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June 2018

Sakura Wars: So Long, My Love

Platform(s): PlayStation 2, Wii
Genre: RPG/Strategy
Publisher: NIS America
Developer: Idea Factory
Release Date: March 30, 2010 (US), April 2, 2010 (EU)


Wii Review - 'Sakura Wars: So Long, My Love'

by Dustin Chadwell on April 26, 2010 @ 12:00 a.m. PDT

Sakura Wars is a Strategy RPG that features a unique sim-based story system. An in-depth storyline exists, much like in any other RPG; however, the player’s destiny in the game is not predetermined. Due to high demand, Sakura Wars will be available in a premium package which will include the Japanese voice track and a special art cover.

Sakura Wars: So Long, My Love marks the first game in the popular Japanese series to make its way to Western shores. This is actually the fifth game in the series, and it was ported to the Wii from the PlayStation 2. It isn't entirely clear why it's taken so long for the series to make its way over here, aside from the fact that it's a text-heavy title that'll probably appeal to a limited audience, but if you have a good idea of what you're getting into with Sakura Wars, it's a pretty entertaining game.

You should go into Sakura Wars realizing that it's not quite an action-packed experience. There are some combat options and giant robots, but for the most part, you'll be surprised to see how much of the game relies on text interaction between the various characters who make up the organization known as the New York Combat Revue, also referred to in the game as the Star Division. Established as covert agents in New York City during an alternate version of the 1920s, The Star Division is a group of mostly female agents who pilot giant mechs, known as STAR, which in turn fight against invading enemy mechs. The story is pretty vague throughout the first chapter, but as it progresses, you'll learn more interesting tidbits about the creation of the Star Division and the enemies you're fighting against. It's a very, very anime-like presentation, so depending on how much you can stomach of typical Japanese animation, you'll either really enjoy the story or grow to loathe it quickly.

It's aided by a pretty solid translation and decent voice acting. The overall presentation, from menu design to the traditional 2-D art style, really makes the game a little more palpable, especially considering that so much of it consists of static images with small animation details, such as moving eyes or lips. There's certainly nothing here that I'd consider to be technically impressive, and the most 3-D work you're going to see comes from the battle scenes that typically end a chapter and involve a boss fight or two. If you're going into Sakura Wars with some limited knowledge of the series, this isn't going to be a big surprise to you.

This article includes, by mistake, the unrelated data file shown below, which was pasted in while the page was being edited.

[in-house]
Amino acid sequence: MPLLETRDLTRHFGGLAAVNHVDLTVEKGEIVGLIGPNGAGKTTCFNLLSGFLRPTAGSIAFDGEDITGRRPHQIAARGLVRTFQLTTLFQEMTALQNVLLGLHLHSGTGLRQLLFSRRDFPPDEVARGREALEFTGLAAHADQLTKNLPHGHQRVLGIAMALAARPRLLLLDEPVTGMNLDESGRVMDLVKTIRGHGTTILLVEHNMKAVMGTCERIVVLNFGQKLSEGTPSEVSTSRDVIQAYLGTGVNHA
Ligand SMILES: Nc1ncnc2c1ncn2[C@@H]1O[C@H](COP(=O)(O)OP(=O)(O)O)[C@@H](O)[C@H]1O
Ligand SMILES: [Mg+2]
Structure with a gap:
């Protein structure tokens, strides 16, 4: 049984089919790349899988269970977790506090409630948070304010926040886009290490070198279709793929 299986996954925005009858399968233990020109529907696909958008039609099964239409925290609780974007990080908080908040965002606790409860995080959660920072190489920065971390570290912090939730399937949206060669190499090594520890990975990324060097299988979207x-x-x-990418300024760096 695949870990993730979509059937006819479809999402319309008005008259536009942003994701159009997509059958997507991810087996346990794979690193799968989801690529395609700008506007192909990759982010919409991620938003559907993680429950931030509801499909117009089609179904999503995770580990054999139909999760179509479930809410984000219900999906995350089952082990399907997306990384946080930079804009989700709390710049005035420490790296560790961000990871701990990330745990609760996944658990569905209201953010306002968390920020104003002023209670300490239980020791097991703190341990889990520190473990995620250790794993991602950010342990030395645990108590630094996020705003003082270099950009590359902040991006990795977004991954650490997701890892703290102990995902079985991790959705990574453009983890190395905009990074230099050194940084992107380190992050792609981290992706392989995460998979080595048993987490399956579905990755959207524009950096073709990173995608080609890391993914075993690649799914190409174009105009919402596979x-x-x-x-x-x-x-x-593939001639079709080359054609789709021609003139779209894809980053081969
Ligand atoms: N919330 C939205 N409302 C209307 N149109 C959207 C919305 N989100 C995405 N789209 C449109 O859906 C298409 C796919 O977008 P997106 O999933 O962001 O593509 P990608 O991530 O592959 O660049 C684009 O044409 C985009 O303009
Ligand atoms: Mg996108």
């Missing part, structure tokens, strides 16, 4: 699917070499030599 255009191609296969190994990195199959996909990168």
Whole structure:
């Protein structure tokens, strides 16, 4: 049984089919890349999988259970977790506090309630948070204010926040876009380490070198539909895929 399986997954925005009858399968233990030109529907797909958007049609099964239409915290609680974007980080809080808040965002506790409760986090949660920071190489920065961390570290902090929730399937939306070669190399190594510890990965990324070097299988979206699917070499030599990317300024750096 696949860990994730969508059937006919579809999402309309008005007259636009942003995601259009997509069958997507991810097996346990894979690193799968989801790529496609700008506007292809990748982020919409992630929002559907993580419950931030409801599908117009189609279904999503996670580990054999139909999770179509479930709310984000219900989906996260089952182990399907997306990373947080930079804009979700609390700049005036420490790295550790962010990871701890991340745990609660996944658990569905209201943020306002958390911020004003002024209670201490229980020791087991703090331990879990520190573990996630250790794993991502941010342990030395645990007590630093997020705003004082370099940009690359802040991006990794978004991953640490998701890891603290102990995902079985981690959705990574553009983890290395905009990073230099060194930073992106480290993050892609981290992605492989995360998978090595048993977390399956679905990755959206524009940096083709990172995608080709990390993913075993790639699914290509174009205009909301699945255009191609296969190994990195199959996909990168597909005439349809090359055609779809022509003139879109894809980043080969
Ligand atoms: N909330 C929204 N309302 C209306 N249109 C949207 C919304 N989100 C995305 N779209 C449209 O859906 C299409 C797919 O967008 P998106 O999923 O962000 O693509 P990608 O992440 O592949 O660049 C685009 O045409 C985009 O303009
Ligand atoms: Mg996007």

For the rest of you who aren't familiar with the series by this point, let's break it down a little bit. It's a bit of a multimedia franchise that's expanded since its creation in 1996. SEGA has been the primary driving force behind the series, as they were with this particular entry, even though the game was published by Nippon Ichi Software in North America. It's always had some heavy dating simulation mechanics to it, just like this title does, mixed in with some tactical combat situations. For this particular entry, the player will take on the role of protagonist Shinjiro Taiga, referred to by the majority of the cast as Shin. Throughout the story, you'll have different interactions with the large cast, made up of characters like Diana Caprice, Gemini Sunrise, Mr. Sunnyside, Ratchet Altair and Subaru Kujo. Some of these characters take on a supporting role and help the player learn the various gameplay mechanics, while other characters will be teammates who will aid you in battle — and who you can control during fights.

Much of the game is focused on how Shin interacts with his friends, and specific instances will require you to make dialogue choices. There are usually three choices to be made, and your entry is timed, so you can't casually select one to see where it goes. Because of this frantic pace, it keeps the option a little more lively than something you'd see in Bioware titles such Knights of the Old Republic or Dragon Age. There's also no option to take back something you've said, and the way you respond to different characters can have an effect on your friendship with them, either improving or weakening your bond with that character.